5. tmccray45

    tmccray45 Well-Known Member

    I too have a eTrex from Garmin and find that it will take me to within 17 feet plus/minus of my actual location. I replace the batteries after every season, not because I have to, but would rather start out each season with a fresh set.
  6. Patocazador

    Patocazador Well-Known Member

    I have a Garmin 76 Map CS that is old tech. - no SD card capability. I have most of the Fla. topo plus the BlueChart from Tampa to New Orleans downloaded on it. If I had an SD capable model, I'd have a lot more.
    They are difficult to figure out at first and are not set up intuitively but I love mine. I don't need or want a camera or a radio on my GPS so the Oregon has less appeal to me.

    PS: I had an old Garmin GPS II Plus that was rudimentary compared to today's units. It had 4 AA batteries. They lasted less than 6 hrs. The 76 Map that I have only takes 2 AA batteries and they last a day so battery life has improved but still needs improvement.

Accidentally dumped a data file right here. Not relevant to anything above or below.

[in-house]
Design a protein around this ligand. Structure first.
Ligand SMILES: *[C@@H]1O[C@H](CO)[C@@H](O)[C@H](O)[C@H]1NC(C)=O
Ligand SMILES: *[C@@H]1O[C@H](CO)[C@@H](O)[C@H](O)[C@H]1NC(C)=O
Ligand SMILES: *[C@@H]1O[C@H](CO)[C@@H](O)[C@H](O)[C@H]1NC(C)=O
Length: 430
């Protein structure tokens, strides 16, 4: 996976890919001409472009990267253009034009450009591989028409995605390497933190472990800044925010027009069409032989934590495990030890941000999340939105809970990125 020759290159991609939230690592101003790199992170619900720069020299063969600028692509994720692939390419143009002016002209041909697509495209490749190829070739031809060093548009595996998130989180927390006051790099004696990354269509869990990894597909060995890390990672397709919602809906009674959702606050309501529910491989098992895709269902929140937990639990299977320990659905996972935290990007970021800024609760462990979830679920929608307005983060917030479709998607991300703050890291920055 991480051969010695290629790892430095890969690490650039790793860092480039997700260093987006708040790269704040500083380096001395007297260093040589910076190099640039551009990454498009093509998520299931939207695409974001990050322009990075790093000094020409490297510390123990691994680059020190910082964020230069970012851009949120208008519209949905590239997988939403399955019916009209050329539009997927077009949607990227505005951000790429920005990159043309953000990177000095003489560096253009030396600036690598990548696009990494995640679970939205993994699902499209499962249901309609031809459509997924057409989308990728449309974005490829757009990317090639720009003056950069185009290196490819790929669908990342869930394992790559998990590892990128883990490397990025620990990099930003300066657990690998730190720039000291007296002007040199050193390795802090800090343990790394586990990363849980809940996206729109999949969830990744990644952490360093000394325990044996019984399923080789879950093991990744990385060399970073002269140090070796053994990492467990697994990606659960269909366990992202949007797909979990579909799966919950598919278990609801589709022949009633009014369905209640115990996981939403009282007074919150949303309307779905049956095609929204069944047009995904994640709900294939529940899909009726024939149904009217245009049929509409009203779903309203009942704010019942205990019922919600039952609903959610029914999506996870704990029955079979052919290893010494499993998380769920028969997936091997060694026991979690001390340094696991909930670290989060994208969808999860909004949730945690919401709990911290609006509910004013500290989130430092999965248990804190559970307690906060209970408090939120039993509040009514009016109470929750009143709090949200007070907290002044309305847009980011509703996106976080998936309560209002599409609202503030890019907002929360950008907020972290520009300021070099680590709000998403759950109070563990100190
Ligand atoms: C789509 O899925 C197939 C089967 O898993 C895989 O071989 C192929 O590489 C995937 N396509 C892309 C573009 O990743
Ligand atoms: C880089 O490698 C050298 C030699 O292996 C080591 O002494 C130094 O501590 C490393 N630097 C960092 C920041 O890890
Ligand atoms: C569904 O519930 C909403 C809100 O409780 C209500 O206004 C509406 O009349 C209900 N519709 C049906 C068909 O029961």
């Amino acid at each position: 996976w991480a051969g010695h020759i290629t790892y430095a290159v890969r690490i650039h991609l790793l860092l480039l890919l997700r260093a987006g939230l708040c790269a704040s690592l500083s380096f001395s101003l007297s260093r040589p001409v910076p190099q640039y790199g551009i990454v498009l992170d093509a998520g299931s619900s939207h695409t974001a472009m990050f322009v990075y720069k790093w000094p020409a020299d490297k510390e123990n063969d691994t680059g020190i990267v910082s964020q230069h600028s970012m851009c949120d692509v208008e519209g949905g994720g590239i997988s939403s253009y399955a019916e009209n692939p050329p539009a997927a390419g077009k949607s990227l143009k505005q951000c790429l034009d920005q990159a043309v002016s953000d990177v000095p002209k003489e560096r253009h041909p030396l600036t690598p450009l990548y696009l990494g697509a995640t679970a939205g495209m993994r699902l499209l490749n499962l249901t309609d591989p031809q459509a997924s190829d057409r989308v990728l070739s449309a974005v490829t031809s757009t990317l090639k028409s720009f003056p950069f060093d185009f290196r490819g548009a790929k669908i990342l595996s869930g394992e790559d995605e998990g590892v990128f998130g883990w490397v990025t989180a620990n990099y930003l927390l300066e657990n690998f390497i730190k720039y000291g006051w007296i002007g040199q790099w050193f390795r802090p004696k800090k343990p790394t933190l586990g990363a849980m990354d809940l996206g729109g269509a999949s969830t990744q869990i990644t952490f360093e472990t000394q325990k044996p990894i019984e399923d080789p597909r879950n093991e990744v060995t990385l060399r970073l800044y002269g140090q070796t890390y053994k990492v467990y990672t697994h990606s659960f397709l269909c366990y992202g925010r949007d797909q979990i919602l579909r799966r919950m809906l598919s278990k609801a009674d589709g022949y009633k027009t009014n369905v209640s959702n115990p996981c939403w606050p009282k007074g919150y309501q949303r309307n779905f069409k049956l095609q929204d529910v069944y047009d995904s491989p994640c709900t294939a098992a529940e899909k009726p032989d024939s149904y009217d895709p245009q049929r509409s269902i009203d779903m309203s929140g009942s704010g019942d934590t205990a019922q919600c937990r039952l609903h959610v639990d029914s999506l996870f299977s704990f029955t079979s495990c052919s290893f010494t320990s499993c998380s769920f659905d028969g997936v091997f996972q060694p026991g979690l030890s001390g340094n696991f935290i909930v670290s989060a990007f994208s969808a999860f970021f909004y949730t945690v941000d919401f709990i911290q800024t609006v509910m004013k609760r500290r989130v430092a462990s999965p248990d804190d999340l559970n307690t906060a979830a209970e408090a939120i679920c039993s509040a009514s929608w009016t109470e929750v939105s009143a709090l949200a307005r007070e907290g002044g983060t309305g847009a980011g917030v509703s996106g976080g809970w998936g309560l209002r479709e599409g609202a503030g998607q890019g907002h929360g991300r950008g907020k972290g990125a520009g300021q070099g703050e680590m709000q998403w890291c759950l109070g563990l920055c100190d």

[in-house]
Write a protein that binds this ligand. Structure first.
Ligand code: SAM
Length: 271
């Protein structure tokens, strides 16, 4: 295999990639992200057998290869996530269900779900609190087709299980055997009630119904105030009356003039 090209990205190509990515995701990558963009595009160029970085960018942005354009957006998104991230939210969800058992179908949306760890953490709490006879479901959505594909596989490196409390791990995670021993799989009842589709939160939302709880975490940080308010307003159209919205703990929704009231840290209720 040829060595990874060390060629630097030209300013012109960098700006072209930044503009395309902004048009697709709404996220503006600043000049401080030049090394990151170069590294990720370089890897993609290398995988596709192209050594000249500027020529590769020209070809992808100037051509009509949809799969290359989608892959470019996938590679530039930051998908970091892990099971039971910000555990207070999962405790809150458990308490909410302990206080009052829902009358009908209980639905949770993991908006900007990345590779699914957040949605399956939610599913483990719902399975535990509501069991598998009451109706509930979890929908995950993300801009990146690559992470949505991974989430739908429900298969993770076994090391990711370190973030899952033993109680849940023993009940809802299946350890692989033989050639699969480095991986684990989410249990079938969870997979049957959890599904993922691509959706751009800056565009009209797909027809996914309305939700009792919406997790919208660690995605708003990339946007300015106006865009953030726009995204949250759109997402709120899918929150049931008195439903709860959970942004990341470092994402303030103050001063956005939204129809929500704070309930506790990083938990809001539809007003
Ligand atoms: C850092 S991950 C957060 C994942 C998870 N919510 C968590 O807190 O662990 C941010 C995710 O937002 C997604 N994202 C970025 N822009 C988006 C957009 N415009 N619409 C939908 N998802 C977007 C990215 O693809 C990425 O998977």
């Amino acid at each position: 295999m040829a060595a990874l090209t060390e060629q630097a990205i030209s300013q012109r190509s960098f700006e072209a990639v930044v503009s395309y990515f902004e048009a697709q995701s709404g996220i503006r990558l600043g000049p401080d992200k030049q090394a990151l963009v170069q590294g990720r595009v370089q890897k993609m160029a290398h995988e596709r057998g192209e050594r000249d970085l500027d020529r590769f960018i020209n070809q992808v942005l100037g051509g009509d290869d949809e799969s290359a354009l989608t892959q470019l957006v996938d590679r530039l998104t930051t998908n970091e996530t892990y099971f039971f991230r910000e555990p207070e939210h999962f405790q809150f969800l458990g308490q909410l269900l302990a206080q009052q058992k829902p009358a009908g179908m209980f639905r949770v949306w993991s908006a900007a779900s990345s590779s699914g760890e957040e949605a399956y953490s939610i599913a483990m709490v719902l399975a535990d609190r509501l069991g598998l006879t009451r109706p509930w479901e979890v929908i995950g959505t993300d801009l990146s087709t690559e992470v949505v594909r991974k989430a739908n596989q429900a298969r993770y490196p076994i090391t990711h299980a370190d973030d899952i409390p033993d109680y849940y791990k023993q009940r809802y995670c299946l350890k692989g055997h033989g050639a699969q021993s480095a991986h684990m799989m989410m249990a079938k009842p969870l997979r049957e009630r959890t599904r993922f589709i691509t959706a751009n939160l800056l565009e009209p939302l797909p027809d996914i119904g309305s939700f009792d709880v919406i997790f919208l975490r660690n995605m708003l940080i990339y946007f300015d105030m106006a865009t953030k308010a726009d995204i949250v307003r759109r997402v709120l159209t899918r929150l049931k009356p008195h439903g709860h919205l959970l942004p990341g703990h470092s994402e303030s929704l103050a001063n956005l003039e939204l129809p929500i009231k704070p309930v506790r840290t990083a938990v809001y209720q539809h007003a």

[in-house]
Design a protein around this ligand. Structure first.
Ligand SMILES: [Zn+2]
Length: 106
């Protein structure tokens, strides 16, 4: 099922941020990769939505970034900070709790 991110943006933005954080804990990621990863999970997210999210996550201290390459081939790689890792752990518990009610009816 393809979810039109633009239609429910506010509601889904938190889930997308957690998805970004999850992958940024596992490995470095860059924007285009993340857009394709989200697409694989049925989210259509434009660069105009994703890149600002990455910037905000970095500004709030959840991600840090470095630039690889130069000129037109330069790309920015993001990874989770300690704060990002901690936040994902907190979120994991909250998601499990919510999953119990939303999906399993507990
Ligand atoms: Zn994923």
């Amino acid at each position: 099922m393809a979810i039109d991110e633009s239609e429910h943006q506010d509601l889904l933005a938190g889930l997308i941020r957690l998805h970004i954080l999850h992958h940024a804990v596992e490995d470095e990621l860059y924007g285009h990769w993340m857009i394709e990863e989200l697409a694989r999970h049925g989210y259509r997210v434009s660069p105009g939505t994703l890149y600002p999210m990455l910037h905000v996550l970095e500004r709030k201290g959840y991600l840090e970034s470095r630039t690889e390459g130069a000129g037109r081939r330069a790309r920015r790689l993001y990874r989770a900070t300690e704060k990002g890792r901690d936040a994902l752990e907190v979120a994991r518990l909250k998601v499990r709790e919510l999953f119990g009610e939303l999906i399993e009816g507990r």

Last edited: Feb 15, 2013
  7. avs11054

    avs11054 Well-Known Member

    I have the Garmin 450T. It is awesome. It is accurate to within feet, if not inches.
  8. MRH

    MRH Well-Known Member

    I also have an Oregon 450t. Lots of info. Also have the 25000 topo map, which has errors in locations of towns and landmarks.

    EATS batteries. Including Energizer Ultimate Lithium that last about 4 hours.

    Have 2 different model etrex. Very useful. Accurate enough to find hunting locations.
  9. Blue Line

    Blue Line Well-Known Member

    I had an Etrex but it died, not sure what happened to it. Sent it back to garmin and they sent me a refreshed one that didnt last long, not sure what the diagnosis was on it. Ended up going through a few test drives of Garmins. I tried the high end Montana/Oregons but they were large for carrying around and yes they love batteries. Ended up going small with a Dakota 20. I can add maps, even just down load a brochure from somewhere to add to it via the chip in the back. Easy on batteries, small size, works on my bike too as a speed-o-meter/odometer. the only thing I have against it is in Bright sun there is a glare on the screen. Hasn't been a bad problem but is there.http://https://buy.garmin.com/shop/shop.do?cID=145&pID=30926 (you can usually find it cheaper from other sources)